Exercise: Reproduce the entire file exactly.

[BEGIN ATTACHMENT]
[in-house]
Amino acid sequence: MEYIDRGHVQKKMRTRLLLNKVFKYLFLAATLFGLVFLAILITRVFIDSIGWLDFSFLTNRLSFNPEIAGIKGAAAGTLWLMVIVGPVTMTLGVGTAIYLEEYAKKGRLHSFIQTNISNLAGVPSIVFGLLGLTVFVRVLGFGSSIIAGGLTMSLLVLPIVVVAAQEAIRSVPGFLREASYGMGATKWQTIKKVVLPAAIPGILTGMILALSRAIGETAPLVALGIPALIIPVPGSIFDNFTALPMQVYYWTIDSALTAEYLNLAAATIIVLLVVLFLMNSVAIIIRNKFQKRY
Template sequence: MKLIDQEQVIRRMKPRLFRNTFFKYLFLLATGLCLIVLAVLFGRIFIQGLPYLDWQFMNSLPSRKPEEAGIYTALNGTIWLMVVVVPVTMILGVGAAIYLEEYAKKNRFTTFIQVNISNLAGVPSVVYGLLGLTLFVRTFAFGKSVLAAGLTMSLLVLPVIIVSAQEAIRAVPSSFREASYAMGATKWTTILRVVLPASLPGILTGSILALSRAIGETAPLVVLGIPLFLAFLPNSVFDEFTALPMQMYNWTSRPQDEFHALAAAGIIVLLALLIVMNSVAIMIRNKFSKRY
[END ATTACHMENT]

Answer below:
[in-house]
Amino acid sequence: MEYIDRGHVQKKMRTRLLLNKVFKYLFLAATLFGLVFLAILITRVFIDSIGWLDFSFLTNRLSFNPEIAGIKGAAAGTLWLMVIVGPVTMTLGVGTAIYLEEYAKKGRLHSFIQTNISNLAGVPSIVFGLLGLTVFVRVLGFGSSIIAGGLTMSLLVLPIVVVAAQEAIRSVPGFLREASYGMGATKWQTIKKVVLPAAIPGILTGMILALSRAIGETAPLVALGIPALIIPVPGSIFDNFTALPMQVYYWTIDSALTAEYLNLAAATIIVLLVVLFLMNSVAIIIRNKFQKRY
Template sequence: MKLIDQEQVIRRMKPRLFRNTFFKYLFLLATGLCLIVLAVLFGRIFIQGLPYLDWQFMNSLPSRKPEEAGIYTALNGTIWLMVVVVPVTMILGVGAAIYLEEYAKKNRFTTFIQVNISNLAGVPSVVYGLLGLTLFVRTFAFGKSVLAAGLTMSLLVLPVIIVSAQEAIRAVPSSFREASYAMGATKWTTILRVVLPASLPGILTGSILALSRAIGETAPLVVLGIPLFLAFLPNSVFDEFTALPMQMYNWTSRPQDEFHALAAAGIIVLLALLIVMNSVAIMIRNKFSKRY